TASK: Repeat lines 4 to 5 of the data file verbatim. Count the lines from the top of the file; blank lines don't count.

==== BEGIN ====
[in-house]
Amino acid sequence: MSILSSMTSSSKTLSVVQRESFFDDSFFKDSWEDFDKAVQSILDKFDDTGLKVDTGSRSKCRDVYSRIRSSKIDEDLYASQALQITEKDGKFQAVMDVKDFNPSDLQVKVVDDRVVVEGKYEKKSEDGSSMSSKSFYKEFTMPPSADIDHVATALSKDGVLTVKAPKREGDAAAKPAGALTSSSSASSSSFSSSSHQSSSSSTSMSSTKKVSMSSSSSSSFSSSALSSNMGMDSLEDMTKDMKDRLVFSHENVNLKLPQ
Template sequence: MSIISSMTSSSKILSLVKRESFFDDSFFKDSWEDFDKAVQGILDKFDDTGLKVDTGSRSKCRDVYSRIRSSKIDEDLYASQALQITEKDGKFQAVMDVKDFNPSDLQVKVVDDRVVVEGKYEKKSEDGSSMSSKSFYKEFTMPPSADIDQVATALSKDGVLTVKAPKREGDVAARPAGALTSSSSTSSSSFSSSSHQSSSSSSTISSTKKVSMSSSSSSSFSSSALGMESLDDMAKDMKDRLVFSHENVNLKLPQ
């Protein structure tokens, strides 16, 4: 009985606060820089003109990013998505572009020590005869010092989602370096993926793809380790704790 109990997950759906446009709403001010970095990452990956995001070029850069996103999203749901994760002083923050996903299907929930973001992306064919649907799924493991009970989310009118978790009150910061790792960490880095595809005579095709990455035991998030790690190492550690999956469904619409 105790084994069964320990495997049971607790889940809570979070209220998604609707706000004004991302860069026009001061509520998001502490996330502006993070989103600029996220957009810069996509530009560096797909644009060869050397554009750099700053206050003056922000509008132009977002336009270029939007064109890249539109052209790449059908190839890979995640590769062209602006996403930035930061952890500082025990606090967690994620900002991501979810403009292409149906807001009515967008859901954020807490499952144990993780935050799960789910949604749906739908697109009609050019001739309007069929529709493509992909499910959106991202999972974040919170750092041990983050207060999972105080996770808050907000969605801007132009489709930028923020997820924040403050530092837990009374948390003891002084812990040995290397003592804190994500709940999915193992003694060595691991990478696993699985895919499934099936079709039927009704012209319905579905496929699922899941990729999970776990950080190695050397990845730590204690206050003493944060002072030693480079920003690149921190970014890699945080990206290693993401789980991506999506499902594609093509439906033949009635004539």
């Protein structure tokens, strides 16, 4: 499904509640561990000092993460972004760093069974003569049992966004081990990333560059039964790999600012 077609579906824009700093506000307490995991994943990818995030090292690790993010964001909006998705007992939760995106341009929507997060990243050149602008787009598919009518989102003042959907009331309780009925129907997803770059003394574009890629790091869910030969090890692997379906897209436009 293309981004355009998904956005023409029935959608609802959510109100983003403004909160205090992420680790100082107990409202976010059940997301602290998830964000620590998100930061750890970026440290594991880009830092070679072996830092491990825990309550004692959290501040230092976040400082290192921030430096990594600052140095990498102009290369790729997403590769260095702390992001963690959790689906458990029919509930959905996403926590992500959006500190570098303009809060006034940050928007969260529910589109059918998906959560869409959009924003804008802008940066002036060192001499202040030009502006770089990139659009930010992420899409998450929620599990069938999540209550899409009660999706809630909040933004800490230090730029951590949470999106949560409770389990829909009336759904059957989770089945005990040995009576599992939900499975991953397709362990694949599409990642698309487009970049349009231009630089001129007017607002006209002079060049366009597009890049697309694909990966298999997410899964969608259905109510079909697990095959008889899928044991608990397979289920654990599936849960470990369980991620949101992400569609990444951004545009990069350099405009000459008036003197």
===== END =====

């Protein structure tokens, strides 16, 4: 009985606060820089003109990013998505572009020590005869010092989602370096993926793809380790704790 109990997950759906446009709403001010970095990452990956995001070029850069996103999203749901994760002083923050996903299907929930973001992306064919649907799924493991009970989310009118978790009150910061790792960490880095595809005579095709990455035991998030790690190492550690999956469904619409 105790084994069964320990495997049971607790889940809570979070209220998604609707706000004004991302860069026009001061509520998001502490996330502006993070989103600029996220957009810069996509530009560096797909644009060869050397554009750099700053206050003056922000509008132009977002336009270029939007064109890249539109052209790449059908190839890979995640590769062209602006996403930035930061952890500082025990606090967690994620900002991501979810403009292409149906807001009515967008859901954020807490499952144990993780935050799960789910949604749906739908697109009609050019001739309007069929529709493509992909499910959106991202999972974040919170750092041990983050207060999972105080996770808050907000969605801007132009489709930028923020997820924040403050530092837990009374948390003891002084812990040995290397003592804190994500709940999915193992003694060595691991990478696993699985895919499934099936079709039927009704012209319905579905496929699922899941990729999970776990950080190695050397990845730590204690206050003493944060002072030693480079920003690149921190970014890699945080990206290693993401789980991506999506499902594609093509439906033949009635004539």
């Protein structure tokens, strides 16, 4: 499904509640561990000092993460972004760093069974003569049992966004081990990333560059039964790999600012 077609579906824009700093506000307490995991994943990818995030090292690790993010964001909006998705007992939760995106341009929507997060990243050149602008787009598919009518989102003042959907009331309780009925129907997803770059003394574009890629790091869910030969090890692997379906897209436009 293309981004355009998904956005023409029935959608609802959510109100983003403004909160205090992420680790100082107990409202976010059940997301602290998830964000620590998100930061750890970026440290594991880009830092070679072996830092491990825990309550004692959290501040230092976040400082290192921030430096990594600052140095990498102009290369790729997403590769260095702390992001963690959790689906458990029919509930959905996403926590992500959006500190570098303009809060006034940050928007969260529910589109059918998906959560869409959009924003804008802008940066002036060192001499202040030009502006770089990139659009930010992420899409998450929620599990069938999540209550899409009660999706809630909040933004800490230090730029951590949470999106949560409770389990829909009336759904059957989770089945005990040995009576599992939900499975991953397709362990694949599409990642698309487009970049349009231009630089001129007017607002006209002079060049366009597009890049697309694909990966298999997410899964969608259905109510079909697990095959008889899928044991608990397979289920654990599936849960470990369980991620949101992400569609990444951004545009990069350099405009000459008036003197």